Georgiana Houghton (1862).
Georgiana Houghton (1814–1884) claimed her artistic talent came from the dead. Houghton was a spiritualist, a medium and (apparently) a self-taught artist though there are suggestions she may have had a basic training in art. Houghton said her drawings and watercolors were the product of her communication with the spirit world. She took part in séances, where she sat with paper, pencils, and gouache, and drew her pictures from the energy, words, and images the spirits used to communicate with her. Her first spirit guides were deceased relatives and friends, in particular, her late sister Zilla. She drew their spirits as fruit and flowers. Later, she said her spirit guides included the Renaissance artists Titian and Correggio which were mighty fine talents to commune with. Often, on the back of her pictures, she explained how her drawings were made—on one occasion explaining how Titian had worked through her to create a picture. Whether we believe Houghton’s supernatural claims is irrelevant. What is important is Houghton’s artwork which is mesmerizingly beautiful, utterly original, and denies any easy classification—though some critics have (perhaps rightly) described Houghton as “arguably the first ever abstract artist.” Houghton was producing her abstract image long before Kandinsky and Mondrian and even another spiritualist Hilma Af Klimt, who is also often credited as the first Abstract artist.
Born in Las Palmas de Gran Canaria in 1814, little appears to be known of Houghton’s early upbringing until around 1859 when she started producing her “spirit drawings” during private séances held in the homes of fellow spiritualists. She used these séances as a means to focus her artistic talents and produce her astonishing watercolors and undoubtedly believed she was communicating with the dead. It should be noted that it was very difficult for women to become artists in Victorian society. The art world was dominated by men who excluded women from their guilds and art clubs that promoted their work. Women had to find other ways to express themselves and their talents. Houghton found hers through the ethereal world of the spirit world. At a time when figurative and narrative art was the dominant genre, Houghton’s strange, swirling, peacock-feathered watercolors look like the psychedelic creations of some hip 1960s artist. She was expressing a deeply private world—a belief system and her feelings towards it. Many of her drawings featured the eye an all-seeing God which is arguably a reflection of her own subconscious feelings about the unrelenting and controlling male gaze of the world in which she lived. There are also the expected drawings of her religious icons like Jesus Christ and the Virgin Mary.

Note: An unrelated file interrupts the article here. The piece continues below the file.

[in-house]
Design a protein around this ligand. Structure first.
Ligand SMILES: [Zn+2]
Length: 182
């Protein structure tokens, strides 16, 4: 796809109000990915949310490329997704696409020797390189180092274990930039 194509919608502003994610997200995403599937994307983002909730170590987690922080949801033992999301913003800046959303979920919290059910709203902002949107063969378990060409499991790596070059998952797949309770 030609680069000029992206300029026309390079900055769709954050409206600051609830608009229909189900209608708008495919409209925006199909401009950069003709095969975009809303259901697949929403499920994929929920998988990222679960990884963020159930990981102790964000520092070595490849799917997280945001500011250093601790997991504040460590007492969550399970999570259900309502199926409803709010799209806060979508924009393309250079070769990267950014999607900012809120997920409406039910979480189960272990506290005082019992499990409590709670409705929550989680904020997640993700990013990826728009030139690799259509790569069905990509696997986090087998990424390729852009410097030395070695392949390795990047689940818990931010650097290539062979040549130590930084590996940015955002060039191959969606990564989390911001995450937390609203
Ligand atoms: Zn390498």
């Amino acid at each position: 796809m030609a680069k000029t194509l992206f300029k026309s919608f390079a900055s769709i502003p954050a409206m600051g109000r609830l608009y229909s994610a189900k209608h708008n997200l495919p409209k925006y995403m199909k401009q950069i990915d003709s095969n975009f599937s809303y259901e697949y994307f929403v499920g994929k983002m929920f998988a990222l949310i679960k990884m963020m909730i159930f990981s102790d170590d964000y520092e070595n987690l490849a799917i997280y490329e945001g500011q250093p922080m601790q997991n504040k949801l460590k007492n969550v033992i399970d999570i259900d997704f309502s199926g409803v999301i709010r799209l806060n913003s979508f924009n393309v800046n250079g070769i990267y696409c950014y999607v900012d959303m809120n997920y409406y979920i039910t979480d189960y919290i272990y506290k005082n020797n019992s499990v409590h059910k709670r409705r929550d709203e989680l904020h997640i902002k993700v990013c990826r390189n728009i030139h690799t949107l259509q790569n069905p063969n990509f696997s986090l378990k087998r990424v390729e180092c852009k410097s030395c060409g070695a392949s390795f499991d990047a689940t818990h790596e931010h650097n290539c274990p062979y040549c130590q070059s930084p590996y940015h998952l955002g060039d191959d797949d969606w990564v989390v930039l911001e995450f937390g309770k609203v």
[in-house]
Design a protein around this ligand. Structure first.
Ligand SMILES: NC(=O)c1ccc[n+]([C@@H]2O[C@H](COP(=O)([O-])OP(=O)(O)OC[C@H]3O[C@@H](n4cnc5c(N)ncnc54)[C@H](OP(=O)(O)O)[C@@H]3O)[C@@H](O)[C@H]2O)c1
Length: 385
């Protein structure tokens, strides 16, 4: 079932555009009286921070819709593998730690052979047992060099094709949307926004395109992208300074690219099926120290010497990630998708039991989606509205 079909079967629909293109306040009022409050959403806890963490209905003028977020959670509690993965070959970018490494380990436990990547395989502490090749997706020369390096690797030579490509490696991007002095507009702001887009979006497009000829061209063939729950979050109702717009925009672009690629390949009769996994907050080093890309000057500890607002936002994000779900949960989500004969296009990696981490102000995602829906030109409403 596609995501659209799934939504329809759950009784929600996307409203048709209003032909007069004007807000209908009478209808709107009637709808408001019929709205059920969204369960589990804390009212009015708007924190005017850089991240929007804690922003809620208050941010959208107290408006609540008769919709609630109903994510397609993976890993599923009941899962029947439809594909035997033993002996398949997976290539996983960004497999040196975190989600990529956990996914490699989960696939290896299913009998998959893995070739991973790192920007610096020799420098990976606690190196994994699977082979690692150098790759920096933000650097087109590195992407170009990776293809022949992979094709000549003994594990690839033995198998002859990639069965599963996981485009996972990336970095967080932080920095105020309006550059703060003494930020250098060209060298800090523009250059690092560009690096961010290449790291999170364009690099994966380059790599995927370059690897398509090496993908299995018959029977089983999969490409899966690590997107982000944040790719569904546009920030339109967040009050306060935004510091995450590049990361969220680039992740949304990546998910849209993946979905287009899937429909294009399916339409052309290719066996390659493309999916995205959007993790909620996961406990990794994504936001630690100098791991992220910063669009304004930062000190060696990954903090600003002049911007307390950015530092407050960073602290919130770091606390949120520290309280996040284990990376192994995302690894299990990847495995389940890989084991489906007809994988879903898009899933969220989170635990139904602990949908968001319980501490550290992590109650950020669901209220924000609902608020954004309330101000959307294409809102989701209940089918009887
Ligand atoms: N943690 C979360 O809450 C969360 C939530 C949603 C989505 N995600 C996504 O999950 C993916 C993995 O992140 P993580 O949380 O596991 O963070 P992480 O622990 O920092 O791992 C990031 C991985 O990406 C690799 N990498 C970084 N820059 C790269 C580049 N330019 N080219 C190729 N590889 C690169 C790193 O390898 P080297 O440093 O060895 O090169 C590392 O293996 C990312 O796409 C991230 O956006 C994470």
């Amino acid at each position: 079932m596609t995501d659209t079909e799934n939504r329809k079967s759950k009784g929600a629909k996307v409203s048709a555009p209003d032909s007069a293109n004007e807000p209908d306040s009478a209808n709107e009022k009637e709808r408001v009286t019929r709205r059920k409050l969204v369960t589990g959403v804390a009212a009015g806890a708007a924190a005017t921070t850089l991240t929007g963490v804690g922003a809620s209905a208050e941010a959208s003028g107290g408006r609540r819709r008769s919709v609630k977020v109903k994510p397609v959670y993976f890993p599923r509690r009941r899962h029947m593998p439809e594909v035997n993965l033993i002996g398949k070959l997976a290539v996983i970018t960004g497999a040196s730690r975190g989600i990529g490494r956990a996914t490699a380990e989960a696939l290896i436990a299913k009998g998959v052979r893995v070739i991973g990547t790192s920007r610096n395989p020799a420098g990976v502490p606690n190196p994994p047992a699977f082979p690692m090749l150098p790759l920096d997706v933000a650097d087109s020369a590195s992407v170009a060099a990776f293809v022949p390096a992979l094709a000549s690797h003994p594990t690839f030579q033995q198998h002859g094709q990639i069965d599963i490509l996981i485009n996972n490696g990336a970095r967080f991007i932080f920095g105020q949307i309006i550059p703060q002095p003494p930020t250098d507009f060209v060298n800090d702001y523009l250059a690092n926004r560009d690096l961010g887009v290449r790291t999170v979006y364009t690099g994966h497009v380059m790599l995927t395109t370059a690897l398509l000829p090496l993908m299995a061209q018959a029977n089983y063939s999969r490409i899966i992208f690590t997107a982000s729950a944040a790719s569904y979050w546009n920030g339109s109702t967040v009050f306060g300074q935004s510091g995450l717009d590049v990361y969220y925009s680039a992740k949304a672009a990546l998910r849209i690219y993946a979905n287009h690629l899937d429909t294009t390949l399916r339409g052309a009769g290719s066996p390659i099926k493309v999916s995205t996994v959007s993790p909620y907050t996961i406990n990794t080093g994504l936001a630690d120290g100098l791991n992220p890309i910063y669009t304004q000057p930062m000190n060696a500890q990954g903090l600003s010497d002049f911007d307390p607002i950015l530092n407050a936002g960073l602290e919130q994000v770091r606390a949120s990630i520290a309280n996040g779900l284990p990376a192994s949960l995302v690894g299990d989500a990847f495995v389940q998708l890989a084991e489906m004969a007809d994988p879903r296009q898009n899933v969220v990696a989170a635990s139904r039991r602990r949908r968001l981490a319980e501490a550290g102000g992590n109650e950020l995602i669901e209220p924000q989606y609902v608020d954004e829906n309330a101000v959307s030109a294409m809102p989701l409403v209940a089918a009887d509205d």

Houghton’s work draws attention to the role of women within society by creating an alternative space through ritual. The perceived irrationality of Spiritualism has in the past been used as an excuse to systematically belittle the importance of Houghton (and other female artists such as Hilma af Klint) within a history of abstract art. Houghton’s strange mediations between individual self and the collective otherworld foreground a feminist investigation that complicates common tropes of hysteria and feminine theological excess as dangerous or disturbed.
Houghton’s seemingly frenetic, yet highly deliberate, and beautiful watercolours accept as legitimate that which lies beyond the bounds of conventional experience, and offers a fascinating context for an array of contemporary artists who are interested in the spaces between dream, afterlife and living reality. Artists such as Joachim Koester, Matt Mullican and Jess Johnson absorb both shared cultural and personal memories through the aesthetic of ritual to interrogate notions of the world beyond.
Houghton thought her work important enough to organize a self-financed exhibition of 155 pictures at a gallery on Bond Street, London, in 1871. The exhibition received mixed reviews—one critic in the Daily News described Houghton’s pictures as “the most extraordinary and instructive example of artistic aberration.” The show was a failure and almost bankrupted Houghton. This, together with her unfortunate association with the fraudulent spiritualist Frederick Hudson—a man who faked photographs of ghosts and spirits—saw Houghton cruelly dismissed as a charlatan and oddball by the art world. Houghton continued making her spirit drawings until her death in 1884. She would have been forgotten had not the Victorian Spiritualists’ Union in Melbourne, Australia, exhibited 35 of paintings in 1910. This led to sporadic exhibitions of her work over the past century most recently at the Courtauld Gallery, London in 2017. However, the bulk of Houghton’s startlingly beautiful artworks are either lost or hidden away in private collections.
‘The Flower and the Fruit of Henry Lenny’ (1861).
‘The Flower of Warrand Houghton’ (1861).
‘The Eye of God’ (1862).
‘Portrait fo the Lord Jesus Christ’ (1862).
‘The Eye of the Lord’ (1864).
‘The Eye of the Lord’ reverse (1864).
‘Spirit Drawing’ (1864).
‘The Risen Lord’ (1864).
‘Spiritual Crown of Mrs A. A. Watts’ (1867).
‘Glory to God’ (1868).
‘The Eye of the Lord’ (1870).
‘The Flower of Catherine Emily Stringer’ (date unknown).
Previously on Dangerous Minds:
Meet the Swedish mystic who was the first Abstract artist
‘Ghosts’ photobomb portraits of their loved ones
Artist paints generic ghosts over found photographs to haunting and nostalgic effect
Ghosts in the machine: Occult fun with trick photography
Ghosts, monstrous faces & strange creatures: The eerie beauty of bad vintage photographs
Spectropia, the popular 19th-century method of conjuring demons and ghosts